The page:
Who Said What? Introducing and Contextualizing Quotations
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Quotations (as well as paraphrases and summaries) play an essential role in academic writing, from literary analyses to scientific research papers; they are part of a writer’s ever-important evidence, or support, for his or her argument.
But oftentimes, writers aren’t sure how to incorporate quotes and thus shove them into paragraphs without much attention to logic or style.
For better quotations (and better writing), try these tips.
Identify Clearly Where the Borrowed Material Begins
The quotation should include a signal phrase, or introductory statement, which tells the reader whom or what you are citing. The phrase may indicate the author’s name or credentials, the title of the source, and/or helpful background information.
Sample signal phrases
- According to (author/article)
- Author + verb
Some key verbs for signal phrases
- says, writes, accepts, criticizes, describes, disagrees, discusses, explains, identifies, insists, offers, points out, suggests, warns
Two Signal Phrase Examples
- According to scholar Mary Poovey, Shelley’s narrative structure, which allows the creature to speak from a first-person point of view, forces the reader “to identify with [the creature’s] anguish and frustration” (259).
- In an introduction to Frankenstein in 1831, the author Mary Shelley describes even her own creative act with a sense of horror: “The idea so possessed my mind, that a thrill of fear ran through me, and I wished to exchange that ghastly image of my fancy for the realities around” (172).
Create Context for the Material
Don’t just plop in quotes and expect the reader to understand. Explain, expand, or refute the quote. Remember, quotations should be used to support your ideas and points.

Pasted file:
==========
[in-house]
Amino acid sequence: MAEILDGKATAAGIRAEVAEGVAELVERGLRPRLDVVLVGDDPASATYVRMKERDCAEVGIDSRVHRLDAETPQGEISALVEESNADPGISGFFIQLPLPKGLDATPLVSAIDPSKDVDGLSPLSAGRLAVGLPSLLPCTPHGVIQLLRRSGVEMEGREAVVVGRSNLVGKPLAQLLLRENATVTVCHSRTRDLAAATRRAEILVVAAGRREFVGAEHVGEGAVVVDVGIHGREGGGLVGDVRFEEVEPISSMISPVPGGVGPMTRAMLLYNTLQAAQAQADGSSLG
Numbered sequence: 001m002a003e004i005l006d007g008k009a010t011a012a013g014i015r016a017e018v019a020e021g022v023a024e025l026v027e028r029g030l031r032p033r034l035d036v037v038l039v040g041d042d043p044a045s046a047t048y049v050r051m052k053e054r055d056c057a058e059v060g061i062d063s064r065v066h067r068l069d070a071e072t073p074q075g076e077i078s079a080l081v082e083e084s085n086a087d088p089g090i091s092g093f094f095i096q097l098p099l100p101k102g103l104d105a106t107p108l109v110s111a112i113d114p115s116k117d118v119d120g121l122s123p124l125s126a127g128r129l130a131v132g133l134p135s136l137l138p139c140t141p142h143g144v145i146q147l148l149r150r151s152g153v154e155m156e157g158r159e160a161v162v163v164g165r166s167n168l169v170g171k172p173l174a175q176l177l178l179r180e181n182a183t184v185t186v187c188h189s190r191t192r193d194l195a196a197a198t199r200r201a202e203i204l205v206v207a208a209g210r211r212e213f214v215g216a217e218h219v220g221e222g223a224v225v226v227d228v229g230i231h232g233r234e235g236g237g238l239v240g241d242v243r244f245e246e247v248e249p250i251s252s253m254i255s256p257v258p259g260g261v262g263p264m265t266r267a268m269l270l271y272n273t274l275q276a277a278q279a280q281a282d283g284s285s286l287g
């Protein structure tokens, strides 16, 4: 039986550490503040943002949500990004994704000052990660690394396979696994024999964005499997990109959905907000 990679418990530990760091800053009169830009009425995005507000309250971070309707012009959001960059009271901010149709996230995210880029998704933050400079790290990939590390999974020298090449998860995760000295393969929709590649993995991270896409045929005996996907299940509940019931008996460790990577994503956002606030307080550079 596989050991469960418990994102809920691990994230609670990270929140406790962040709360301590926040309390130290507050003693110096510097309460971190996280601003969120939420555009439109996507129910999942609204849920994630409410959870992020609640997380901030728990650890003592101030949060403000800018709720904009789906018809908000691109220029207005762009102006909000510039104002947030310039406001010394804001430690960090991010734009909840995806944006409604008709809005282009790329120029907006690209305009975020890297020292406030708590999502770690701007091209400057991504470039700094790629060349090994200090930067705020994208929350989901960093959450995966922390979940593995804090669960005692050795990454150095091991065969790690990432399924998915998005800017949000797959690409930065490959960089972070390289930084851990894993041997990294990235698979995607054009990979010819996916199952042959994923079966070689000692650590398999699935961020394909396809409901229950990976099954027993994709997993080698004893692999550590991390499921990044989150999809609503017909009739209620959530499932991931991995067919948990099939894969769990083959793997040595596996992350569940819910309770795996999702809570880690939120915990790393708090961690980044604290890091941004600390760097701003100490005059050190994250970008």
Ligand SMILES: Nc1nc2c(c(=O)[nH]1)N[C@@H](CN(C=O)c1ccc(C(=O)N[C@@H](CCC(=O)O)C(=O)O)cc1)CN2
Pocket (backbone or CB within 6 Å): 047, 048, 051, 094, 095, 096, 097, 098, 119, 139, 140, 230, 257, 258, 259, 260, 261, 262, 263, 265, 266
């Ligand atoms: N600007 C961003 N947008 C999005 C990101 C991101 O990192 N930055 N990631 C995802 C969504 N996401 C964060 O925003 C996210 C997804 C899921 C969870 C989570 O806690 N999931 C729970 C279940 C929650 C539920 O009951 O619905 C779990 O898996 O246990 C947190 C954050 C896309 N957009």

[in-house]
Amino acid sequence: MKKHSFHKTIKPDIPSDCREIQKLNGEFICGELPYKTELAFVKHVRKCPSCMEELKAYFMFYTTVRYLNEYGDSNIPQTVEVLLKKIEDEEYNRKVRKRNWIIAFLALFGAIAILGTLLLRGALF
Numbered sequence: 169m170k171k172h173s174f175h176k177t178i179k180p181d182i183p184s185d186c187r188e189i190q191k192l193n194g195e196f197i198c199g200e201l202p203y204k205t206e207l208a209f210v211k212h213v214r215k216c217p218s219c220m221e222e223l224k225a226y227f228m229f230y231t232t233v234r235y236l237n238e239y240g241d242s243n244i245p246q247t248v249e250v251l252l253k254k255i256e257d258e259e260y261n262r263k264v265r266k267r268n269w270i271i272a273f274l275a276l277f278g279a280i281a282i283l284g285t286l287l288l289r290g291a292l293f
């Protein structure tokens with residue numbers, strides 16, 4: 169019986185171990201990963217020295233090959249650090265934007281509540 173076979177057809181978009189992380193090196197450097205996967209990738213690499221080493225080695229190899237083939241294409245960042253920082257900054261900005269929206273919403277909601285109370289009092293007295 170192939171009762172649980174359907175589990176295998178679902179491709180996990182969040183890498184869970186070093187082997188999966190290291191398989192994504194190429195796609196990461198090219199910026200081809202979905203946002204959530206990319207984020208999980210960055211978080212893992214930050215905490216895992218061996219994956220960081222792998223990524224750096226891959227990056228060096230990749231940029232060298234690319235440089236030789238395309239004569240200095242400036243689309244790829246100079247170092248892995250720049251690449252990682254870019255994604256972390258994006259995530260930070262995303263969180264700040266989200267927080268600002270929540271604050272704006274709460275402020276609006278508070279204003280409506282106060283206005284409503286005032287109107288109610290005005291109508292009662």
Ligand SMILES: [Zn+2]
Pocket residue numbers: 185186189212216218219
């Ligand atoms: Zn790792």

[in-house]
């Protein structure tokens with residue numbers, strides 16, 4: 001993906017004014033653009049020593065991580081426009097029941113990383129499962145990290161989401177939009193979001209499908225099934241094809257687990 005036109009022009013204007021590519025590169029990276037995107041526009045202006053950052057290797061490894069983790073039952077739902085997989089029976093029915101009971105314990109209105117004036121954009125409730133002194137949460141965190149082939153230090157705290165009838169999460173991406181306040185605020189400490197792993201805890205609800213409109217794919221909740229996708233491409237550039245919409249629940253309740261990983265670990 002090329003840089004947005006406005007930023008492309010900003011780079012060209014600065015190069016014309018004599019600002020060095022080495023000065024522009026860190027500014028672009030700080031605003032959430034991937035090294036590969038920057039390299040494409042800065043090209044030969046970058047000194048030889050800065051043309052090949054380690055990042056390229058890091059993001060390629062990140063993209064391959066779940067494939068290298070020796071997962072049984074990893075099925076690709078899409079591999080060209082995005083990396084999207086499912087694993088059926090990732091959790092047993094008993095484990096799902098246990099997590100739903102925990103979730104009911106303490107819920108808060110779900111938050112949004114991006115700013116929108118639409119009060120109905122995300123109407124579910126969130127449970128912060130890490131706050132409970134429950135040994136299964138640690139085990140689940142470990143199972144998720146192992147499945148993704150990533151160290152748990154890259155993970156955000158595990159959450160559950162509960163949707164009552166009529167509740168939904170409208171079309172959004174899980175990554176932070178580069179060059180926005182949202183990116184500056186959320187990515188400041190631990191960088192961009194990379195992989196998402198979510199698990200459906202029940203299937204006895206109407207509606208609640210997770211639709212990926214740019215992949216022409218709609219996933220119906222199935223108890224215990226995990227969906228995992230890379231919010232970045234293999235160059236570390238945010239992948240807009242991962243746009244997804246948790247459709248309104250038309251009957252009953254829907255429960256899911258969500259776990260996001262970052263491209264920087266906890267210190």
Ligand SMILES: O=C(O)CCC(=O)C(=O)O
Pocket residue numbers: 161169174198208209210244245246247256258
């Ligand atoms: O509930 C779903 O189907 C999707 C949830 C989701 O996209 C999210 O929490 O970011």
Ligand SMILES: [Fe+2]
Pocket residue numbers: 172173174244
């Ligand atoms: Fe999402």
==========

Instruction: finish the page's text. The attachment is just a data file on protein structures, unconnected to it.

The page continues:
Here’s one simple, useful pattern: Introduce quote, give quote, explain quote.
“Introduce, Give, Explain” Example 1
[Introduce] Dorianne Laux’s “Girl in the Doorway” uses many metaphors to evoke a sense of change between the mother and daughter: [Give] “I stand at the dryer, listening/through the thin wall between us, her voice/rising and falling as she describes her new life” (3-5). [Explain] The “thin wall” is literal but also references their communication barrier; “rising and falling” is the sound of the girl’s voice but also a reference to her tumultuous preteen emotions.
“Introduce, Give, Explain” Example 2 (longer block quotation)
[Introduce] After watching the cottagers with pleasure, Frankenstein’s creature has a startling moment of revelation and horror when he sees his own reflection for the first time:
[Give] I had admired the perfect forms of my cottagers — their grace, beauty, and delicate complexions: but how was I terrified, when I viewed myself in a transparent pool! At first I started back, unable to believe that it was indeed I who was reflected in the mirror; and when I became fully convinced that I was in reality the monster that I am, I was filled with the bitterest sensations of despondence and mortification. Alas! I did not yet entirely know the fatal effects of this miserable deformity. (76)
[Explain] This literal moment of reflection is key in the creature’s growing reflection of self: In comparing himself with humans, he sees himself not just as different but as “the monster that I am.”
Pay attention to proper format and grammar (See VU Writing Studio handout Quotation Basics: Grammar, Punctuation, and Style), and always, always credit your source in order to avoid plagiarism.
Citation styles (e.g. MLA, APA, or Chicago) vary by discipline. Ask your professor if you are uncertain, and then check style guides for formats. (The above examples use MLA format.)
Last revised: 06/2008 | Adapted for web delivery: 06/2021
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